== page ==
Published on May 24th, 2016 | by Sponsored Content0
Microgrids Can Fly
May 24th, 2016 by Sponsored Content
ABB is one of my favorite companies in the world (disclosure: that is probably part of the reason why I’m an ABB shareholder, but I’ve been a fan far longer than I’ve been a shareholder). It is a big player in the solar energy industry, the electric vehicle industry, the energy efficiency industry, the wind energy industry, and other good cleantech industries.
Having so many big hands in the energy arena, ABB* is able to pass the ball from one ABB player to another in order to implement a coordinated, competitive play and slam the dunk in what we like to call a microgrid. For a little more on this topic, I have to recommend my last interview with ABB’s head of microgrids, Maxine Ghavi, soon after she transitioned from heading up ABB’s solar work to heading up its microgrid work. (Yes, I know, we’re long due a reunion and new interview.)
But this story, as you can see in the headline, isn’t about typical land-based microgrid communities — this is about a microgrid in the sky. If you haven’t guessed it by now, I’m talking about Solar Impulse 2.
If you’ve somehow been trapped in a cave for the past couple of years, Solar Impulse 2 is a solar-powered airplane that is flying around the world. If you really think about it, you could call it a flying microgrid. And that is certainly a great way to bring attention to a topic (microgrids) that may not sound interesting to your average Joe.
To fly a plane around the world only on electricity produced from sunshine, you have to get pretty extreme, and that’s surely one key reason the Solar Impulse team brought ABB onboard as a key partner. Let’s remember, this is no lab trial or on-the-ground pilot project that has a bit of space available for failure. As ABB’s Conor Lennon puts it:
“In the air, this is a one-off prototype and a high-risk endeavor. If there is any miscalculation by the pilot or support team, the plane could run out of energy during a multi-day ocean crossing. If it does so, there’s no plan B. The pilot would have to bail out, and the mission would be over.”
ABB’s on-the-ground experience with microgrids, though, is what provides it with the experience and confidence to help the Solar Impulse pilots with their record-shattering mission. As shown in the video at the top, Bertrand Piccard notes:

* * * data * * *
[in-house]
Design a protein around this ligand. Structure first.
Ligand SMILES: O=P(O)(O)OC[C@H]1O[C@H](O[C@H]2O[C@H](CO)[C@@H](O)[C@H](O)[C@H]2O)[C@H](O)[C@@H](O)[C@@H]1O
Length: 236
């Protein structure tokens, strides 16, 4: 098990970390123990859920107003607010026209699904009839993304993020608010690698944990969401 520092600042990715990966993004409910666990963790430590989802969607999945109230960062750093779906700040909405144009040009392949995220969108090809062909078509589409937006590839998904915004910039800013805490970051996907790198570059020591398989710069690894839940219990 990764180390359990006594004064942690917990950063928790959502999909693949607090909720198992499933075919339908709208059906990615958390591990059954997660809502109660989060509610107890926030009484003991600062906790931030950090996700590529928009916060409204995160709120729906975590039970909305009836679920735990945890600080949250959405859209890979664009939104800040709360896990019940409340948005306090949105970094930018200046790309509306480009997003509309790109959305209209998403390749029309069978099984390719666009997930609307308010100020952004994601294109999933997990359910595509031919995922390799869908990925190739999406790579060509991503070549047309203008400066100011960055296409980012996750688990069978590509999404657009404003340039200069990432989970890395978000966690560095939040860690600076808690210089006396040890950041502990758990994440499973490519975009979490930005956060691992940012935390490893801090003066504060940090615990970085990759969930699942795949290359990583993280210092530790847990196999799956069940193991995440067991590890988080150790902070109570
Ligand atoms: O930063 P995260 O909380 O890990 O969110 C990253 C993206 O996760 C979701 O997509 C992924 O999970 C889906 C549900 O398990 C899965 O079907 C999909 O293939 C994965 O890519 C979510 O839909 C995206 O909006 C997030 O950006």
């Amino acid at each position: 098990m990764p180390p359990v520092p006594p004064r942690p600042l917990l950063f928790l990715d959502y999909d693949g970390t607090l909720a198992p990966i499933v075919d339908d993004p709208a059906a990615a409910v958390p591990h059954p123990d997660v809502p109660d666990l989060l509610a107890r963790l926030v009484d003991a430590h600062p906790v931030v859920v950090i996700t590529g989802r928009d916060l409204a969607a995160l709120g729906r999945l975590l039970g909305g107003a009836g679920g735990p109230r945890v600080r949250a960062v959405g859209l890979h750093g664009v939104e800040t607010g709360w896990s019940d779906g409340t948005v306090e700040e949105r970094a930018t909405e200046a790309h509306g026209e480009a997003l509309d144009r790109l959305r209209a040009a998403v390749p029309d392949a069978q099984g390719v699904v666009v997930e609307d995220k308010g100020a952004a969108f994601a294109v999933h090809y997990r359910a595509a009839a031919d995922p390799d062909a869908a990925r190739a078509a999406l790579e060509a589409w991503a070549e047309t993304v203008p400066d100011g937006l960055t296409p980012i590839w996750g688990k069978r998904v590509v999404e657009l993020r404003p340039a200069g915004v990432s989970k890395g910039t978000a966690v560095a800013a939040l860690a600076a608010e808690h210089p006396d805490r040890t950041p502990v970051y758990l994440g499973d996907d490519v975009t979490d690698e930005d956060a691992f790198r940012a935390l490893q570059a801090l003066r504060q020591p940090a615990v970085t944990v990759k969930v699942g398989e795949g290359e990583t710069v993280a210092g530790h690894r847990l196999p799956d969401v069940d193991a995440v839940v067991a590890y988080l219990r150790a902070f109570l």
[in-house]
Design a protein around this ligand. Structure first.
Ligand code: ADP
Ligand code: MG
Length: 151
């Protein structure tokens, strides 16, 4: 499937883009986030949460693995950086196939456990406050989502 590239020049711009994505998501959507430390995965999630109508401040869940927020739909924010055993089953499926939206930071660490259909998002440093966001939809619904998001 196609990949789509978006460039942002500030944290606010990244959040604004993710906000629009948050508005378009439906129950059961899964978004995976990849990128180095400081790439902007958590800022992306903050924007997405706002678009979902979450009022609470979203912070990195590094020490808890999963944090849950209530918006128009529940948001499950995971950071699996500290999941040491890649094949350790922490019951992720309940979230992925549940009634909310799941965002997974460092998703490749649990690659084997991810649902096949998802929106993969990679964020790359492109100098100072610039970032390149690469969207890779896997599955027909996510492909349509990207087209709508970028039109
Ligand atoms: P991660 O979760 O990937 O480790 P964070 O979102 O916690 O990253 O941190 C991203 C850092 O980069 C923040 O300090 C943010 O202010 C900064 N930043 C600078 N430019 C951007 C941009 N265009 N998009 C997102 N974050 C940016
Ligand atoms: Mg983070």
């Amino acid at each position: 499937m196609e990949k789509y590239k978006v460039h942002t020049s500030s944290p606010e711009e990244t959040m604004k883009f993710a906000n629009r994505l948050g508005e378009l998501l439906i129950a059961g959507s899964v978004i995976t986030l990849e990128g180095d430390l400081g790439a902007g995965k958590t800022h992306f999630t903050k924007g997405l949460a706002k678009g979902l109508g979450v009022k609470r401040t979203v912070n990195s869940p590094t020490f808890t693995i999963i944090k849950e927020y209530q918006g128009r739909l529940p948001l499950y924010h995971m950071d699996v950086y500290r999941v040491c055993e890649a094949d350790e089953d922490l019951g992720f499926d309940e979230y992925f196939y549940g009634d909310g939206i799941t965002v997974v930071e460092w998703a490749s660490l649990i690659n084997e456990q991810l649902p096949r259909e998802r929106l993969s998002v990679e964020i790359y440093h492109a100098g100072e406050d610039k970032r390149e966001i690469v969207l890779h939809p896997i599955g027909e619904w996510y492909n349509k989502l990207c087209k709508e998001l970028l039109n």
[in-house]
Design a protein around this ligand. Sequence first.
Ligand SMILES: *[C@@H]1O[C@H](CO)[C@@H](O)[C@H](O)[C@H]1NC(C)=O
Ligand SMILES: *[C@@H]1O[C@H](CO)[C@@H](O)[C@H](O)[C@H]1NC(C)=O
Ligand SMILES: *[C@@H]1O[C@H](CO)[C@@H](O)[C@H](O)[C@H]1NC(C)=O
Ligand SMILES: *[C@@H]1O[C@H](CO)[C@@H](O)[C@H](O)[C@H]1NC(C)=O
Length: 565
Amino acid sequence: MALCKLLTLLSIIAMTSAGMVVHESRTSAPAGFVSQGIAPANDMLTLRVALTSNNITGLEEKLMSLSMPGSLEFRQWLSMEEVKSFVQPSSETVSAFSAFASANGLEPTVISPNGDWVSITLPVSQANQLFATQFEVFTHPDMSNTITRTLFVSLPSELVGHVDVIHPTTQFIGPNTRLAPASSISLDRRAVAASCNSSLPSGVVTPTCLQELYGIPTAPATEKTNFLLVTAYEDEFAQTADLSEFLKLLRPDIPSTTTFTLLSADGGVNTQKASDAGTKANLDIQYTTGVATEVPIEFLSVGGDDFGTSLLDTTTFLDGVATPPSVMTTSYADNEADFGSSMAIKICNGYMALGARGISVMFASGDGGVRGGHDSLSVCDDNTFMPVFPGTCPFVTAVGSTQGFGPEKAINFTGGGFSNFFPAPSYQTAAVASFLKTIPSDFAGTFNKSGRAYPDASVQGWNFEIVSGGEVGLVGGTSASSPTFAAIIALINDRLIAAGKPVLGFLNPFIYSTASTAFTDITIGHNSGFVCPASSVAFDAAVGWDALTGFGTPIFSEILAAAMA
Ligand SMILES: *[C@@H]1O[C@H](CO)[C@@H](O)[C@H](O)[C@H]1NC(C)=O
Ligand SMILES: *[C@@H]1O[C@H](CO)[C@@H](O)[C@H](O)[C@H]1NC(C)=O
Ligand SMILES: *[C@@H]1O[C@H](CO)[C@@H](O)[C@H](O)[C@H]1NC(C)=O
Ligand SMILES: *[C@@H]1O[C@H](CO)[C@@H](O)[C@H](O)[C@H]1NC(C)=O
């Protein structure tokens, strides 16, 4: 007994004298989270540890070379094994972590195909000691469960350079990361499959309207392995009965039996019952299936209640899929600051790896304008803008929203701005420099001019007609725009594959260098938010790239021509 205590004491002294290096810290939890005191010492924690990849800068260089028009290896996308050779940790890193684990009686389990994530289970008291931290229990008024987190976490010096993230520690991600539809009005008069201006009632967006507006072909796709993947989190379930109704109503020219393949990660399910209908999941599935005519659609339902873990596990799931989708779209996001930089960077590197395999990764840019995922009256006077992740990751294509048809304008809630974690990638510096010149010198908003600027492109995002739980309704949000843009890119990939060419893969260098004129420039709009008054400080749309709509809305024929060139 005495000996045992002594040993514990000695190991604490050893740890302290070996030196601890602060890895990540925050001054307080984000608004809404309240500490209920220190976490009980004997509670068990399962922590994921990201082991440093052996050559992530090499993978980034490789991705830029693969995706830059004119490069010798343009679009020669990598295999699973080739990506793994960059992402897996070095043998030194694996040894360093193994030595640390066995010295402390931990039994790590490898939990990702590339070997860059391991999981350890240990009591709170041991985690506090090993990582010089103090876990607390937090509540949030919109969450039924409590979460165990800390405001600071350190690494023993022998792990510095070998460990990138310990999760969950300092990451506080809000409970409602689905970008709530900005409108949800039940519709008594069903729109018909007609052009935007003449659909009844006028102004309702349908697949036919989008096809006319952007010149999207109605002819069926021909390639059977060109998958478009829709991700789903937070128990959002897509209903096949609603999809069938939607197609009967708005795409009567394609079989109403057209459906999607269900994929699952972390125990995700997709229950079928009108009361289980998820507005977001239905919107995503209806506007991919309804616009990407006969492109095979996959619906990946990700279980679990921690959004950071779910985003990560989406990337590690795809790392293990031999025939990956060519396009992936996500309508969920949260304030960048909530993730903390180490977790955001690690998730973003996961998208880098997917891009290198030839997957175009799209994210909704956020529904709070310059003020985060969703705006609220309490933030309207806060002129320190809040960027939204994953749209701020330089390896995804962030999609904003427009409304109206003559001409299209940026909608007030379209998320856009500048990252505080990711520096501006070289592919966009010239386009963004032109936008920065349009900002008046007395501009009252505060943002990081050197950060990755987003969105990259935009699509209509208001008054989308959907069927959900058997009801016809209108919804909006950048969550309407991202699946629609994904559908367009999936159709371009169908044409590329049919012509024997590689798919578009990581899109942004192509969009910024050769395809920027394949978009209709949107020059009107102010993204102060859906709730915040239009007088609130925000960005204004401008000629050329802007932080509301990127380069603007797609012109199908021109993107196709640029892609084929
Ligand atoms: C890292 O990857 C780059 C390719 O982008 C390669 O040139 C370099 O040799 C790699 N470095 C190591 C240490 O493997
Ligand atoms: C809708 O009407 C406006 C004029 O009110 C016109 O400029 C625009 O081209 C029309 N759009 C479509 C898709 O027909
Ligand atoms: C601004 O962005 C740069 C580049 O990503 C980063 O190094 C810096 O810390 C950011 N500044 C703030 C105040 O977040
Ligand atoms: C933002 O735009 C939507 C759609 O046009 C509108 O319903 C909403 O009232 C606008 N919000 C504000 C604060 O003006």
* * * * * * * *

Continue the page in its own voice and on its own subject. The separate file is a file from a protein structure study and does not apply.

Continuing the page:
“The partnership with ABB is not only technological; it’s also a partnership in spirit. Because what we we try to do at Solar Impulse is to demonstrate how clean technologies can be used to achieve the impossible, and it’s clear if we can fly day and night with no fuel, it means these technologies are mature [enough] to also help people on the ground to reduce their energy consumption and their CO2 emissions. And, in that sense, I think ABB gives the credibility to what we are doing in the air, because they do it on the ground for everybody.”
I talked with Maxine about ABB’s work in microgrids way back in 2013, before microgrids was such a hot term in the clean energy world. ABB has since taken on projects in Hawaii (where Solar Impulse 2 recently returned to the skies after a bit of a sabbatical), Antarctica, Chile, Australia, the island of Faial in the Atlantic Ocean, and Kodiak Island in Alaska, just to name a few locations. Here’s a fun snapshot of ABB’s work in Hawaii:
We’ll dive into more of the details of how ABB is helping a microgrid fly across the sky in the coming months. It should be fun stuff for any cleantech nerd out there (raise your hands! we know who you are!), as well as for an average human … if we do our jobs well enough. After all, the point is to bring more people into the cleantech revolution and grow the inspiration and commitment to clean our world and stabilize our climate.
*This article was kindly sponsored by ABB.
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